Little is known about large AVMs. Characterization, from relative hemorrhage rates to the propensity to cause seizures, has met with controversy.10,29,30,41 One feature unanimously agreed on, however, is their irregular response to conventional SRS.

Salvage Therapy

Stereotactic radiosurgery has proven effective in treating small (≤ 3 ml) AVMs, with complete occlusion rates reported at 72–96%.8,19,47 However, less impressive results have been encountered with progressively larger lesions.7,20,26,33,35,46,47 Several studies demonstrated that both nonobliteration and complication rates rise when AVMs exceed 10 ml in size. Pan et al.36 found that only 24 (32%) of 76 patients with large AVMs (≥ 10 ml) were cured with single-dose SRS. When treatment of large lesions was compared to that of smaller lesions, patients suffered more adverse radiological effects, including permanent neurological deficits. It was previously thought that volume was an independent factor in AVM occlusion. However, multivariate regression of dose–response curves for AVMs has shown that only the minimum dose is significant.16 The results reported by Pan and associates36 and in similar studies have led many investigators to conclude that the dose–volume relationship is unfavorable for large AVMs, and results in unacceptably high complication rates.13,14,28,44

In an effort to circumvent dose–volume limitations some authors have used suboptimal doses of radiation (< 15 Gy) and simply retreated lesions that failed to obliterate. Longitudinal data from SRS treatment sites show a general reduction in AVM volume even in lesions that fail to completely occlude.23,39 Salvage therapy presupposes that a second irradiation may induce or hasten AVM obliteration in already reduced nidi due to higher tolerated dose and more accurate delineation. Although no authors have focused on large AVMs specifically, the existing literature suggests that ST may become a viable option in their treatment.17,23,39 One early study23 demonstrated that the obliteration rate after ST was equivalent to that predicted by the K index23 (nidus volume1/3 × Dmin) for initial treatment. Apparently, small and diminished AVMs respond similarly to radiation, alleviating concern of radioresistance in the latter. Recently, investigators17 reported on 52 patients treated with ST, 34 of whom presented with AVMs > 10 ml. After the first treatment with SRS, 29 lesions were reduced to < 10 ml in size, placing them in a cohort with 63% obliteration rate at 36 months after ST. However, the manner in which the data are presented precludes determination of how many of the original lesions > 10 ml were actually cured. Despite repeated exposure, patients tolerated ST well; only 2 of 46 (5 of the original 52 were lost to follow-up and 1 died of AVM rupture) suffered adverse radiological effects, 1 permanent and the other transient. The complication rate associated with ST is comparable to that after primary SRS, but it is acknowledged that patients incur a cumulative risk after ST. By aiming to reduce AVM volume at first, rather than achieving outright obliteration, ST avoids both the dose–response and dose–volume problems in the treatment of larger lesions. However, the paucity of data on how large AVMs respond to ST renders the advantage tentative.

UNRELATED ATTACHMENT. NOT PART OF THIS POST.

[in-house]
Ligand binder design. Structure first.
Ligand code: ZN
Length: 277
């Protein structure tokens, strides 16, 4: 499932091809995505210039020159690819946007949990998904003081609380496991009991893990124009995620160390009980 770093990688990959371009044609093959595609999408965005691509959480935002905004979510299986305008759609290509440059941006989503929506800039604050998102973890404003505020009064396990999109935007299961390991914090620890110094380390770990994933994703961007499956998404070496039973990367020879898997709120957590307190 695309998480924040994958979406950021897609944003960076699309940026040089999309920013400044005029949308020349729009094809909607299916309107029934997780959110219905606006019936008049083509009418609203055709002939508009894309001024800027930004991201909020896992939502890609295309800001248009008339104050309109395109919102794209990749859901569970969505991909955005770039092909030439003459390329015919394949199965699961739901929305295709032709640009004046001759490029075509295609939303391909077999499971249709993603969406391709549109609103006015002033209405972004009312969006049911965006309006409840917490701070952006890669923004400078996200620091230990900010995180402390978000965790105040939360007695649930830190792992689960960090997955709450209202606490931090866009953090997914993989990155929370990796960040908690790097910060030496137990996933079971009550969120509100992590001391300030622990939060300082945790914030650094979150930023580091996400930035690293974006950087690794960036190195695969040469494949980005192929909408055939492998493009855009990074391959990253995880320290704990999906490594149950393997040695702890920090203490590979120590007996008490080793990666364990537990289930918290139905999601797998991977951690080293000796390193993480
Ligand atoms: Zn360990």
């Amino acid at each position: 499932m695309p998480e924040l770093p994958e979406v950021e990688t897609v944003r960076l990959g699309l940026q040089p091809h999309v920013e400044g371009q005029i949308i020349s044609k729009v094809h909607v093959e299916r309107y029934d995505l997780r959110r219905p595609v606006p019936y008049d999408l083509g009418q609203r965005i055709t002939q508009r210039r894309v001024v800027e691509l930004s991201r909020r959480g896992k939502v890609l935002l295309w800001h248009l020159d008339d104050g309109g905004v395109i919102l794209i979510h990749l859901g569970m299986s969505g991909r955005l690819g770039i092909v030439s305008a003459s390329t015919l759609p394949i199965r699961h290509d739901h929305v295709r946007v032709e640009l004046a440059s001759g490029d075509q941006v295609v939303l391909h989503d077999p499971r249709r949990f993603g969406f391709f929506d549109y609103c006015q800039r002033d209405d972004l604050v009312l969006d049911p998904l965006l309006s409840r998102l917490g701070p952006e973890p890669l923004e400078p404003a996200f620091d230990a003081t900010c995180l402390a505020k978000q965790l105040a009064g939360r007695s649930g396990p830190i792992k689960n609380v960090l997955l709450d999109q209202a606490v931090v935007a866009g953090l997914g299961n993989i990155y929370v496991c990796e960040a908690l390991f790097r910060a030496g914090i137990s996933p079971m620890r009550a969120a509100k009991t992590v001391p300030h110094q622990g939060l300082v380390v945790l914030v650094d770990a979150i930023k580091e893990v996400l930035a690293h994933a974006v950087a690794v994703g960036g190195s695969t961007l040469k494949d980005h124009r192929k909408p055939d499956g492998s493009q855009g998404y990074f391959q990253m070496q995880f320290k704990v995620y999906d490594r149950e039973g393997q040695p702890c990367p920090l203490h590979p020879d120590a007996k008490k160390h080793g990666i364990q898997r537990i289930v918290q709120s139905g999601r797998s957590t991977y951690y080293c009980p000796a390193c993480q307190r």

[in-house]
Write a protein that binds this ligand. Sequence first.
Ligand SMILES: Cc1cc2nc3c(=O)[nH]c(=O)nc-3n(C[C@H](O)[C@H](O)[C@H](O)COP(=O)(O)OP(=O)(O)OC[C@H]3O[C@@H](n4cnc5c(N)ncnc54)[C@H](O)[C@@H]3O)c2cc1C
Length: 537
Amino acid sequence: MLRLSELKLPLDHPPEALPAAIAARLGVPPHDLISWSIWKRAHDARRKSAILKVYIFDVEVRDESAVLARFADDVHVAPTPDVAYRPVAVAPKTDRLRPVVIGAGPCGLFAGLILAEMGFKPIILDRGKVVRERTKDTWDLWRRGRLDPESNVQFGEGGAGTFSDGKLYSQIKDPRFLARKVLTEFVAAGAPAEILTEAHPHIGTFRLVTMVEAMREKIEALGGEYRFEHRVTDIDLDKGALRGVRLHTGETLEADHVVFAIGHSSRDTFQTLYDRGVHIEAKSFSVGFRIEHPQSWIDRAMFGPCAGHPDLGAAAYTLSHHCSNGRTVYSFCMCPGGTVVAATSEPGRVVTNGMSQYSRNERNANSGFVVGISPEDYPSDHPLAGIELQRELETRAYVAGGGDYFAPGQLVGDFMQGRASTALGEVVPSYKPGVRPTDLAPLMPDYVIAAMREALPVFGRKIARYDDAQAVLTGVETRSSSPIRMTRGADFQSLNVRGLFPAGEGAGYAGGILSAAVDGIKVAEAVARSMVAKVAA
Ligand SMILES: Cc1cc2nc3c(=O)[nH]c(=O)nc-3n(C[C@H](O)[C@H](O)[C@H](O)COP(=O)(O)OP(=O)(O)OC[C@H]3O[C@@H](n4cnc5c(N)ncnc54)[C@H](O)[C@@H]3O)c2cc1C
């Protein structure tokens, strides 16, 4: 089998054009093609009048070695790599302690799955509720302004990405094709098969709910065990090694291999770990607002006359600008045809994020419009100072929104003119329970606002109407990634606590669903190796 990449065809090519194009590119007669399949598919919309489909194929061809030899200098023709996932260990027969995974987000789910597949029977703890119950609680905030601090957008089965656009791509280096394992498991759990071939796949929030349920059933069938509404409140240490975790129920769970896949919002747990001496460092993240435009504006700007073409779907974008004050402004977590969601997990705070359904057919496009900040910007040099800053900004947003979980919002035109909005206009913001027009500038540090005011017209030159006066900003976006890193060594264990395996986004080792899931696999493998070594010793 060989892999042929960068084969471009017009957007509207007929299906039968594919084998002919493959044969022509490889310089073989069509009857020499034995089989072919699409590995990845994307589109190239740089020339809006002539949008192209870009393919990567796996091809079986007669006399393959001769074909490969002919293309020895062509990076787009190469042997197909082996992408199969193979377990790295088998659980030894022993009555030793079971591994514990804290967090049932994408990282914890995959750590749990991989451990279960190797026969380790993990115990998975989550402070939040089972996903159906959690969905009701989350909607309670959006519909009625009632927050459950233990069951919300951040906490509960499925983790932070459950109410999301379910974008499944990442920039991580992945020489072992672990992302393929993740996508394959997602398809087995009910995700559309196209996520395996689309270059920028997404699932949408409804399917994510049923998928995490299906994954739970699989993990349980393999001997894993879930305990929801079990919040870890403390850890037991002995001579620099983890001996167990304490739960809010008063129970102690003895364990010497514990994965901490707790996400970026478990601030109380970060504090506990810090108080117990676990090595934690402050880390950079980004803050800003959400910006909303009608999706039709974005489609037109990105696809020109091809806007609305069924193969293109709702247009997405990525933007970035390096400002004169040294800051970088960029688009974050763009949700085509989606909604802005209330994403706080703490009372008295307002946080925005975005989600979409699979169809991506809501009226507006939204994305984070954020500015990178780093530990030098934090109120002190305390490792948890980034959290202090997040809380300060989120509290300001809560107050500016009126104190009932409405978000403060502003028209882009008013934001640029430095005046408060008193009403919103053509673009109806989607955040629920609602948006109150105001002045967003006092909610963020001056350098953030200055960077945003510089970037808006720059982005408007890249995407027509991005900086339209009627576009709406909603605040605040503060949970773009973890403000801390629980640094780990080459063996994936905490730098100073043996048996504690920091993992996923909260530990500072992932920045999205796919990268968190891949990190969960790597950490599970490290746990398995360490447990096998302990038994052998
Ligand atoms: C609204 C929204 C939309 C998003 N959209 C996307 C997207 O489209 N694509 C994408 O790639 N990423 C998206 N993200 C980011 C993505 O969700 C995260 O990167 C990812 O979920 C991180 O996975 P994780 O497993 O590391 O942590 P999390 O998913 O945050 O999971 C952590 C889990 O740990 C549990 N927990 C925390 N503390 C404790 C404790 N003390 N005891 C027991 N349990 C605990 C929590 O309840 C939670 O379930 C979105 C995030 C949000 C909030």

Staged Volume Radiosurgery

In SVR the AVM is divided into 2 or more volumes radiographically, and each is treated on a separate occasion. The strategy aims to reduce the non-AVM 12-Gy volume while still delivering a minimum dose ≥ 15 Gy at the 50% isodose line to each volume to be treated.15,38 Typically, hemispheric lesions are irradiated in 10–15 ml volumes, compared to 5 ml volumes for deep brain regions where the use of 12 Gy is associated with greater complications. By treating 1 segment per stage, the surrounding brain tissue is given time to repair radiation-induced injury. Representative imaging studies obtained prior to each stage of 3-stage GKS in a 31-year-old woman are shown in Figs. 1 and 2. This patient was treated at Northwestern Memorial Hospital. To date, only 1 group40 has published results from several patients treated with SVR that included a significant follow-up period. The study describes 7 (25%) of 28 patients who were cured with SVR and an additional 4 in whom the nidus was nearly obliterated after 36 months' follow-up. The median pretreatment AVM volume was 24.9 ml. Despite only comparable occlusion rates to single-dose radiosurgery, SVR does appear safe with acceptable complication rates. SVR has been shown to reduce the non-AVM 12 Gy volume by 27%.38 Less brain exposure may be responsible for the transient adverse radiological effects in only 4 (14%) of 28 patients, including 1 patient who was treated with SVR twice. This is in contrast to the findings of Miyawaki and colleagues35 who reported a 27% complication rate, including permanent neurological deficits and death, in treating lesions ≥ 14 ml with single-dose SRS.

Fig. 1.
Fig. 1.

Angiograms obtained in a 31-year-old woman prior to each stage of a 3-stage GKS treatment conducted at 4-month intervals. First treatment to 11.8 cm3 with 19 Gy (A); second treatment to 8.0 cm3 with 20 Gy (B); and third treatment to 5.4 cm3 with 20 Gy (C). Yellow circles enclose the areas to be irradiated.